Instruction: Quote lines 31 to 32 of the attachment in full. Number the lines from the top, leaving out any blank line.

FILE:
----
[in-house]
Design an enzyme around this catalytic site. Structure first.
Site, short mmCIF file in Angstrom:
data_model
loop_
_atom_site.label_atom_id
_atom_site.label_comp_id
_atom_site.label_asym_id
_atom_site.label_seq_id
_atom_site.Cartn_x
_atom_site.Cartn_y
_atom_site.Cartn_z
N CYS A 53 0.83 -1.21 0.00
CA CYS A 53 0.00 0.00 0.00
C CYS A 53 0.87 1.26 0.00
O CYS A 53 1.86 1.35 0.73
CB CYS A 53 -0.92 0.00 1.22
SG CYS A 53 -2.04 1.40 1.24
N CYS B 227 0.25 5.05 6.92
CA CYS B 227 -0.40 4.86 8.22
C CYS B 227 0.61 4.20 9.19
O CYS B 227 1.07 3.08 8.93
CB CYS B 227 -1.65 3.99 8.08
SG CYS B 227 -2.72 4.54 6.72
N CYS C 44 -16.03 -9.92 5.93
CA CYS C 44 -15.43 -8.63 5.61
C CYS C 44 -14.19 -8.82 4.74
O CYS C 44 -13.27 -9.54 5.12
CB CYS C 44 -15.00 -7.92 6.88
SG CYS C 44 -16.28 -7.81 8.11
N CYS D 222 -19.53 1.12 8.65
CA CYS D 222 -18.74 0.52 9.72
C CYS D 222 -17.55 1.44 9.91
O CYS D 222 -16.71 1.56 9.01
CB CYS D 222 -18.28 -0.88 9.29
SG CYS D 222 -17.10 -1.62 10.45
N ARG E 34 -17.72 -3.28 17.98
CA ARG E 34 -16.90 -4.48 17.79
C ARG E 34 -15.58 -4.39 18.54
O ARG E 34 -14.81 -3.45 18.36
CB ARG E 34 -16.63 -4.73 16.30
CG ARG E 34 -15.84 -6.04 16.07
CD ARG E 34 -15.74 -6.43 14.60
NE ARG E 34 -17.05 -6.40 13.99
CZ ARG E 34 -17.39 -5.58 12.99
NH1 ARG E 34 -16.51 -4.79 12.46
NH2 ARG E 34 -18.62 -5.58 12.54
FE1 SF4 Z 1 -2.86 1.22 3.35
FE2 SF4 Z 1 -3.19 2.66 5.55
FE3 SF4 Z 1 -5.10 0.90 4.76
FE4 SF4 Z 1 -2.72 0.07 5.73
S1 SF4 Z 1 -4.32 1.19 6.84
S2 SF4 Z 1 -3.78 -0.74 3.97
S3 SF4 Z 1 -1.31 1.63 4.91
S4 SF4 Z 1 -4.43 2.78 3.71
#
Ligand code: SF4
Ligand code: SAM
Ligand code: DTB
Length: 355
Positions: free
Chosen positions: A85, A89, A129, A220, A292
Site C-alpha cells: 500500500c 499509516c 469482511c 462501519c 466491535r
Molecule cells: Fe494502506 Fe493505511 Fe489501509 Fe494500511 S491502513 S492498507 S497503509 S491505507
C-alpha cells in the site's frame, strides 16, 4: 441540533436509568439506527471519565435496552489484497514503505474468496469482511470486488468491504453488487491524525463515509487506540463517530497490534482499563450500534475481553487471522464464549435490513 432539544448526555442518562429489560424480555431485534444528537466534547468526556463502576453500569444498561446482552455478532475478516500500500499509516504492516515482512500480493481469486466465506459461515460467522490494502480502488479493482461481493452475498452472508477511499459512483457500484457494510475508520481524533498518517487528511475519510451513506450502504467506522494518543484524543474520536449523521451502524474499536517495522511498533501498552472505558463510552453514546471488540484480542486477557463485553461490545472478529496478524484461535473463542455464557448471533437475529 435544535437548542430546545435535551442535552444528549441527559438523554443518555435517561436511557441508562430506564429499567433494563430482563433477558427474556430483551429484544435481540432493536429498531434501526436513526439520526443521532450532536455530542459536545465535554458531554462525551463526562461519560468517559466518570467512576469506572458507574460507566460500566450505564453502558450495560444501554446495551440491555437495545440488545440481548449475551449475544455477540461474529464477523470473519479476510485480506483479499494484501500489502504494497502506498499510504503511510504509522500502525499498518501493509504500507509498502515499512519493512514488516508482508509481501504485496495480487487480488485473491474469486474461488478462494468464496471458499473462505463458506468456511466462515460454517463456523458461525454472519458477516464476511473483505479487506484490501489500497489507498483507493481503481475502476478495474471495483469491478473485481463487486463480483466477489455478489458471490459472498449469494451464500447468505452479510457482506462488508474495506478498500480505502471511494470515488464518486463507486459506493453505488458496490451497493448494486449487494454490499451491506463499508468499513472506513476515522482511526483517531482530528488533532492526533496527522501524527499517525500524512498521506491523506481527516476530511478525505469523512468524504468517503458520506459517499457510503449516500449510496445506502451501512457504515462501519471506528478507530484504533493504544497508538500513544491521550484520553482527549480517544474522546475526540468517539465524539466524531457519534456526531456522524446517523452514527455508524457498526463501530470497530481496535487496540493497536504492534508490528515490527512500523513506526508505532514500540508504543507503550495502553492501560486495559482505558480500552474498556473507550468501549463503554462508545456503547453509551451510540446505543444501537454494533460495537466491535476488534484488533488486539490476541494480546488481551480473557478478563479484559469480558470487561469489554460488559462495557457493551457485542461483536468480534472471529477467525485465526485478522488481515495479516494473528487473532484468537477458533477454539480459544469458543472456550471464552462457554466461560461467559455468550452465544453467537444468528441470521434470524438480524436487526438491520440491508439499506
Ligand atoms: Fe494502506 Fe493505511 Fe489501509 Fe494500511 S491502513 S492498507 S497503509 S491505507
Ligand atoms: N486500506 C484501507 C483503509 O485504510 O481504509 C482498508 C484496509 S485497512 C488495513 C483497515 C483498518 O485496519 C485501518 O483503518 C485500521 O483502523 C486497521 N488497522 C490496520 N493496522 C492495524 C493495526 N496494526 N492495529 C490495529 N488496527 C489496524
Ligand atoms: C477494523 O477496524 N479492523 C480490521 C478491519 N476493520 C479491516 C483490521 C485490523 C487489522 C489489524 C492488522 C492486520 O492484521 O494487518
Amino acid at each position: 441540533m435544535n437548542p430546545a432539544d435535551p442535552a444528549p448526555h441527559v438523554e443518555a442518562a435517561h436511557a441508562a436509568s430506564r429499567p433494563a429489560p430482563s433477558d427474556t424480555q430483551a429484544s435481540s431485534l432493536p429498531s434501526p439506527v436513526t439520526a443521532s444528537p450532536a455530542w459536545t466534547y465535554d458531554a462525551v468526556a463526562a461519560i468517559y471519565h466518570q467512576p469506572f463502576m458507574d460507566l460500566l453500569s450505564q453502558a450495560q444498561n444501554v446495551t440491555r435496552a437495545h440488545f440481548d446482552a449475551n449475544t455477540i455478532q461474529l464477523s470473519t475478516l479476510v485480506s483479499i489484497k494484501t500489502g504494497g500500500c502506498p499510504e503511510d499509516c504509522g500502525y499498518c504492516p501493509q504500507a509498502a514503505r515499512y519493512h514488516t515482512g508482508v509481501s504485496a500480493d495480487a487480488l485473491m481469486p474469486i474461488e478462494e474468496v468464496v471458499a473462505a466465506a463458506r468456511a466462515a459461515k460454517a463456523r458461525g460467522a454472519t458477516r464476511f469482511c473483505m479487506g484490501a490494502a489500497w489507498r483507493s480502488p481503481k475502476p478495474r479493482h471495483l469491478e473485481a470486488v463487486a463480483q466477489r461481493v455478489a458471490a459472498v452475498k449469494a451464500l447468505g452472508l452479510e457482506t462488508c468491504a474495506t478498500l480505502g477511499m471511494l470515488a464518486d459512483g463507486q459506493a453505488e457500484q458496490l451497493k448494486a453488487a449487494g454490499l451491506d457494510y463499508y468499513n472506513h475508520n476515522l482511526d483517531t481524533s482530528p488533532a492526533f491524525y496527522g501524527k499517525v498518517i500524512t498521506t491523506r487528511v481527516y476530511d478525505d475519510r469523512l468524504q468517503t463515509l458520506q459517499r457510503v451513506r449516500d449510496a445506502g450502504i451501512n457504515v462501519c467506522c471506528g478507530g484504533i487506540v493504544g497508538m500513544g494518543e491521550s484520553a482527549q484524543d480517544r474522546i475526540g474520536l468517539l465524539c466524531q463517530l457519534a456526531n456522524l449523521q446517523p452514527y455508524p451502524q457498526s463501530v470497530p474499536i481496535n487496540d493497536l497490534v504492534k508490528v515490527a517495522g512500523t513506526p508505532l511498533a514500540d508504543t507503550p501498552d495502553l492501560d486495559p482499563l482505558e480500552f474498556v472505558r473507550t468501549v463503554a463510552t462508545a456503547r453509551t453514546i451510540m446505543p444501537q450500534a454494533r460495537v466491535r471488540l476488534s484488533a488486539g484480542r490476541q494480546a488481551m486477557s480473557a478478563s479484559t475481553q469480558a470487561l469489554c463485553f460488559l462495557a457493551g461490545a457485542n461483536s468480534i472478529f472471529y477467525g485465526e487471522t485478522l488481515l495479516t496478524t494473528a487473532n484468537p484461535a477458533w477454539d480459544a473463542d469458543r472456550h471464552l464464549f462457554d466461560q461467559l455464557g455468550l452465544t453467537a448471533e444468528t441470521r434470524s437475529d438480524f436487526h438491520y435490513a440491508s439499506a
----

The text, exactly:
N CYS D 222 -19.53 1.12 8.65
CA CYS D 222 -18.74 0.52 9.72